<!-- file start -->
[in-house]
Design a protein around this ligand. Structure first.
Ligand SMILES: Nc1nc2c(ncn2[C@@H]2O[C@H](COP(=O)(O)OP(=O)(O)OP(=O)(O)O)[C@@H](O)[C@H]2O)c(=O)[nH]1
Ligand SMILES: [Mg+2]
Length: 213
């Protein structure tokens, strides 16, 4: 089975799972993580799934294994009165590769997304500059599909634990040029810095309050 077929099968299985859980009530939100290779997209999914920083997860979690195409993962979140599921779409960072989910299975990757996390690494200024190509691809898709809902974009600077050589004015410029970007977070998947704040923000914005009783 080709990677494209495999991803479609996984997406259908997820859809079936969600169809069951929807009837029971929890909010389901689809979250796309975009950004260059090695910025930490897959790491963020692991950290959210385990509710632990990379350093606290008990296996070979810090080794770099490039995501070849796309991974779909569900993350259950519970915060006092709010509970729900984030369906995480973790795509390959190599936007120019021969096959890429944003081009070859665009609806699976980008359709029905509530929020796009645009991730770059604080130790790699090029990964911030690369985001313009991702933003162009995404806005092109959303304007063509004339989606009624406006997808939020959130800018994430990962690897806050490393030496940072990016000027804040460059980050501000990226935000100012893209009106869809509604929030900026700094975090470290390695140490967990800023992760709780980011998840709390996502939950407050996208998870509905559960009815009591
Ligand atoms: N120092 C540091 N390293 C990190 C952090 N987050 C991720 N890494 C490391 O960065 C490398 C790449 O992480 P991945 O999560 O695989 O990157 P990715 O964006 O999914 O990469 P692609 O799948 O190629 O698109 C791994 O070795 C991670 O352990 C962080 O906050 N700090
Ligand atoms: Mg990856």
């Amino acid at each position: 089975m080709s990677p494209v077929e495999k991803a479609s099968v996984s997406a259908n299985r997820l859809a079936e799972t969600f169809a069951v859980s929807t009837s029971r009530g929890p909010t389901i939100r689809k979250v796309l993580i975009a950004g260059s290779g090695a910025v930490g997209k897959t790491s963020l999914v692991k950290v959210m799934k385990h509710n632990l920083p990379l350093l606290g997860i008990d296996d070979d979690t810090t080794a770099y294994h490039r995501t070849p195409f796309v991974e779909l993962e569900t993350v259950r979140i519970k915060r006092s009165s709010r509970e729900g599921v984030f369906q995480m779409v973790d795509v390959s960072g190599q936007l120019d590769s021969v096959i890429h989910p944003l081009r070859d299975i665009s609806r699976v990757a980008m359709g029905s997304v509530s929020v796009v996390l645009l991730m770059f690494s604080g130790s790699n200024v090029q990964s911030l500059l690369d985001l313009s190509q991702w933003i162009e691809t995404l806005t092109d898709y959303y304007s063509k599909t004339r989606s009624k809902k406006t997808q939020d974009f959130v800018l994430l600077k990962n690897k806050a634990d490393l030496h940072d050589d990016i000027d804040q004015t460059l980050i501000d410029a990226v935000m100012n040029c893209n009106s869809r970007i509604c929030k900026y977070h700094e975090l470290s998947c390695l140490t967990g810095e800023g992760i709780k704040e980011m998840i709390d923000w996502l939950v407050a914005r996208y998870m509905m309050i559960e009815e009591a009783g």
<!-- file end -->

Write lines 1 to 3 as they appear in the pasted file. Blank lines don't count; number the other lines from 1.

[in-house]
Design a protein around this ligand. Structure first.
Ligand SMILES: Nc1nc2c(ncn2[C@@H]2O[C@H](COP(=O)(O)OP(=O)(O)OP(=O)(O)O)[C@@H](O)[C@H]2O)c(=O)[nH]1